The Washington Post reported for the first time the details of the sexual assault allegation against Virginia Lt. Gov. Justin Fairfax, disputing some of the claims in the Democrat's denial.
Fairfax's office issued a forceful denial early Monday morning after a California woman posted on Facebook that she had been sexually assaulted at the 2004 Democratic National Convention by a man who fit his description.
"The person reported to be making this false allegation first approached the Washington Post—one of the nations most prominent newspapers—more than a year ago, around the time of the Lieutenant Governor’s historic inauguration," his office said in a statement.
"The Post carefully investigated the claim for several months. After being presented with facts consistent with the Lieutenant Governor's denial of the allegation, the absence of any evidence corroborating the allegation, and significant red flags and inconsistencies within the allegation, the Post made the considered decision not to publish the story," the statement said.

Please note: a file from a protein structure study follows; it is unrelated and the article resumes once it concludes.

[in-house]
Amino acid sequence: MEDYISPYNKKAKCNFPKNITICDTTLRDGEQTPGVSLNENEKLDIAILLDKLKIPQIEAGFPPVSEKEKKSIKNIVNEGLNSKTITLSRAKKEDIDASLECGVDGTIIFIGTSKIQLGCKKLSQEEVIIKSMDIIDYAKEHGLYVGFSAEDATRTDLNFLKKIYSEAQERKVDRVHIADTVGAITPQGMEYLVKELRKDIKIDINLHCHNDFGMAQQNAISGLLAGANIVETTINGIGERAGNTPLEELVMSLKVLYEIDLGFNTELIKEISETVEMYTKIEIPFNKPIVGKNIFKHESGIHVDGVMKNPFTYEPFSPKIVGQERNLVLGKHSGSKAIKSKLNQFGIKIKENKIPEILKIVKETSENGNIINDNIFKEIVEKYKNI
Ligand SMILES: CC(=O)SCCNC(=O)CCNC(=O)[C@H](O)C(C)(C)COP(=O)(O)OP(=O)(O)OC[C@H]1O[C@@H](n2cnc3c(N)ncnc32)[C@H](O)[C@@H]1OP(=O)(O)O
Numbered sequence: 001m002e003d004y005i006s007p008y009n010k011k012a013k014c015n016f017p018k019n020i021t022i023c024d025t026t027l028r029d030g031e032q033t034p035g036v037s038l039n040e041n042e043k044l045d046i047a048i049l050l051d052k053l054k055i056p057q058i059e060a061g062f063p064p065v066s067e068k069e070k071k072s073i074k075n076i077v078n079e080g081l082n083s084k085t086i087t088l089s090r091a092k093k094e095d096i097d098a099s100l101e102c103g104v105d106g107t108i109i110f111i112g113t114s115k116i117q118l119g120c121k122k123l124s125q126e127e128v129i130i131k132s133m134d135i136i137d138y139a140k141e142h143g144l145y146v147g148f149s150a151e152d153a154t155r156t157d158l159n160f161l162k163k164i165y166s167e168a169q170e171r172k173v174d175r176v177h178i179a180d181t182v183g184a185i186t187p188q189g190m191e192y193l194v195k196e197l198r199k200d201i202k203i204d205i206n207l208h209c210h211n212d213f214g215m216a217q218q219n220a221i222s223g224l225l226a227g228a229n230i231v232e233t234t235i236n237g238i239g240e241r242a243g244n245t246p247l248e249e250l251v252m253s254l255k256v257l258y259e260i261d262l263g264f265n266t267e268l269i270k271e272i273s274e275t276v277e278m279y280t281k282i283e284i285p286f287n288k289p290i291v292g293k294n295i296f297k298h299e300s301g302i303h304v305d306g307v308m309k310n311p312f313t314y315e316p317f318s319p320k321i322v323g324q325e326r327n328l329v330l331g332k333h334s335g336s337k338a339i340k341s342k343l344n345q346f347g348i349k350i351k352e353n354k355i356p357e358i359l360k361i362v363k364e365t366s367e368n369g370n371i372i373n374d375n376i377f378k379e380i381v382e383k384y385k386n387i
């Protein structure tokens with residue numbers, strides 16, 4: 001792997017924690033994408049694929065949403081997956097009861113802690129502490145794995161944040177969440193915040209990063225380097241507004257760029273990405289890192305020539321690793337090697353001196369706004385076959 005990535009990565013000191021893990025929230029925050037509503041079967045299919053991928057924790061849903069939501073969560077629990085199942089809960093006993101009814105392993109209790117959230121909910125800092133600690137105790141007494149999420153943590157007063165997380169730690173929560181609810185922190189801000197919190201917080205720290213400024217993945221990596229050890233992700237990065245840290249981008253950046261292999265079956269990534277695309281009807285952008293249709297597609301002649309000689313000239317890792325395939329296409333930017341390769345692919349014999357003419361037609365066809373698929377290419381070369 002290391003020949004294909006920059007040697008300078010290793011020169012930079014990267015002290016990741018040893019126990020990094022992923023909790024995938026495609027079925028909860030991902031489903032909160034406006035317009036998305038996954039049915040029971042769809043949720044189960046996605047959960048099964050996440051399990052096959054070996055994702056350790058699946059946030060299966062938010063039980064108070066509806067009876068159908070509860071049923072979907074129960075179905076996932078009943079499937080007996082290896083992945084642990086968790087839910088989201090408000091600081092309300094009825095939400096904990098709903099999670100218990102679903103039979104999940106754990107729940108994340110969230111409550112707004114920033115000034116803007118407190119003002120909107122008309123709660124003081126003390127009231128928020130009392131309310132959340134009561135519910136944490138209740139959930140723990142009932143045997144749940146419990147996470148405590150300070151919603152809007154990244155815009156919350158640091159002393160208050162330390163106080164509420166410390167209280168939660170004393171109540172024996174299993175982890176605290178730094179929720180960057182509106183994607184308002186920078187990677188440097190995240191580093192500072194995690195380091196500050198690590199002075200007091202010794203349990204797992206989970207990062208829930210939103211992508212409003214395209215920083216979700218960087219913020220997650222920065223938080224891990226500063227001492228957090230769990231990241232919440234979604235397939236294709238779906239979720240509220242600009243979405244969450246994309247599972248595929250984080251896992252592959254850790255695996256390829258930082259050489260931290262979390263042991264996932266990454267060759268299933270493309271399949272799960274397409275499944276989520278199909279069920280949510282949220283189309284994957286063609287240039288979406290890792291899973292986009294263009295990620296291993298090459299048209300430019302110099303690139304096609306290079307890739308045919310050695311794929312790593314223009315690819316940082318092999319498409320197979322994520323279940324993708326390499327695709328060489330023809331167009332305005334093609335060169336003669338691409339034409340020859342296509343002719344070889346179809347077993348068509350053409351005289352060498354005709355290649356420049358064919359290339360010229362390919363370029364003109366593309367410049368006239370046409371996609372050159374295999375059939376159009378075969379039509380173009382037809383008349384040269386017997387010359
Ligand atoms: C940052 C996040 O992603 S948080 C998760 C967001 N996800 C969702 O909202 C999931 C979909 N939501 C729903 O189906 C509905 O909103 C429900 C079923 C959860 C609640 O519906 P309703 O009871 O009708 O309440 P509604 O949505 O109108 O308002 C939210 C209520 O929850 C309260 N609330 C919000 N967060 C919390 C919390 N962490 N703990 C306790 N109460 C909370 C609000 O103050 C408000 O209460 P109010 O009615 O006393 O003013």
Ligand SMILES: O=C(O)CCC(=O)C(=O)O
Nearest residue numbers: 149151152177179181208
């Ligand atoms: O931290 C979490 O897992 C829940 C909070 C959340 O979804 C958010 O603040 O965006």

The Post confirmed some details of that denial, reporting that the woman approached the paper in November 2017 and that ultimately they could find no corroboration of her claim that Fairfax forced her to perform oral sex on him.
But the Post also could not corroborate Fairfax's version of events or discredit the allegation as he claimed. "The Post did not find 'significant red flags and inconsistencies within the allegations,' as the Fairfax statement incorrectly said," the paper noted.
Fairfax is next in line to be governor should beleaguered Virginia Gov. Ralph Northam (D.) choose to resign. Multiple high profile Democrats have demanded Northam's resignation after it emerged his medical school yearbook contained a picture of two men wearing blackface and a Ku Klux Klan outfit. After initially apologizing and admitting he was one of men, Northam now denies he was in the photo.